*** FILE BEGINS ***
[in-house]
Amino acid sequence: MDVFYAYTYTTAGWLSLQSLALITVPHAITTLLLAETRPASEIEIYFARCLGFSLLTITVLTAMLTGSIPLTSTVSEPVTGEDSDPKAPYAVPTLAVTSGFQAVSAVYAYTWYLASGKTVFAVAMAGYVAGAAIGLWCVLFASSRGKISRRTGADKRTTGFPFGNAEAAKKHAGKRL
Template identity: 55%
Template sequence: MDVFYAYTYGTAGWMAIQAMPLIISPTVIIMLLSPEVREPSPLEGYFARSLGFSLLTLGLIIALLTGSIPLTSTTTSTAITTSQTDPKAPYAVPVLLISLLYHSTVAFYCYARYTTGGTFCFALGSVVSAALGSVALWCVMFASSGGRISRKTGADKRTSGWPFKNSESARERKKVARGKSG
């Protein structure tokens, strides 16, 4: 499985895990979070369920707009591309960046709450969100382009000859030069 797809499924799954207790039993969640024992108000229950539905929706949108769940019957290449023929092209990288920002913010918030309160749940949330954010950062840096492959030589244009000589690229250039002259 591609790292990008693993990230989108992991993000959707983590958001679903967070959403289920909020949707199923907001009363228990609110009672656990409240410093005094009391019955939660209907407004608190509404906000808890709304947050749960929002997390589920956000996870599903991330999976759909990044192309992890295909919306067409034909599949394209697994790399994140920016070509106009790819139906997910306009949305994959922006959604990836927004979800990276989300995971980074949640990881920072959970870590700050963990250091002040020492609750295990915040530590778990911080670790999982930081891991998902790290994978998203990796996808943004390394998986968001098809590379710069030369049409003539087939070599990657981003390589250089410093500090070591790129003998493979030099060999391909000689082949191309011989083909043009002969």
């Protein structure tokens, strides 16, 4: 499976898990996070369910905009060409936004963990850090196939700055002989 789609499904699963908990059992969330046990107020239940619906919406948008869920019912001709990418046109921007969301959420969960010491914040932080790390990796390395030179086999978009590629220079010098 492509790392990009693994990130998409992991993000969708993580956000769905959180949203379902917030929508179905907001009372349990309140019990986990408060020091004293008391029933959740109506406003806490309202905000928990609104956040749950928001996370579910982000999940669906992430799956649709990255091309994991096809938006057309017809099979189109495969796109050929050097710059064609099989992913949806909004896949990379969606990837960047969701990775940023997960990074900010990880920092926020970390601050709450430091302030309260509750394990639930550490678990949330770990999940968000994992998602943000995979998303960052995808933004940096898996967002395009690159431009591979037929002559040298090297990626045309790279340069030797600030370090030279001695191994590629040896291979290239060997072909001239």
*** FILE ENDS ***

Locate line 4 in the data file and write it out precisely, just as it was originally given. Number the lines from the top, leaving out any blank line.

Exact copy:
Template sequence: MDVFYAYTYGTAGWMAIQAMPLIISPTVIIMLLSPEVREPSPLEGYFARSLGFSLLTLGLIIALLTGSIPLTSTTTSTAITTSQTDPKAPYAVPVLLISLLYHSTVAFYCYARYTTGGTFCFALGSVVSAALGSVALWCVMFASSGGRISRKTGADKRTSGWPFKNSESARERKKVARGKSG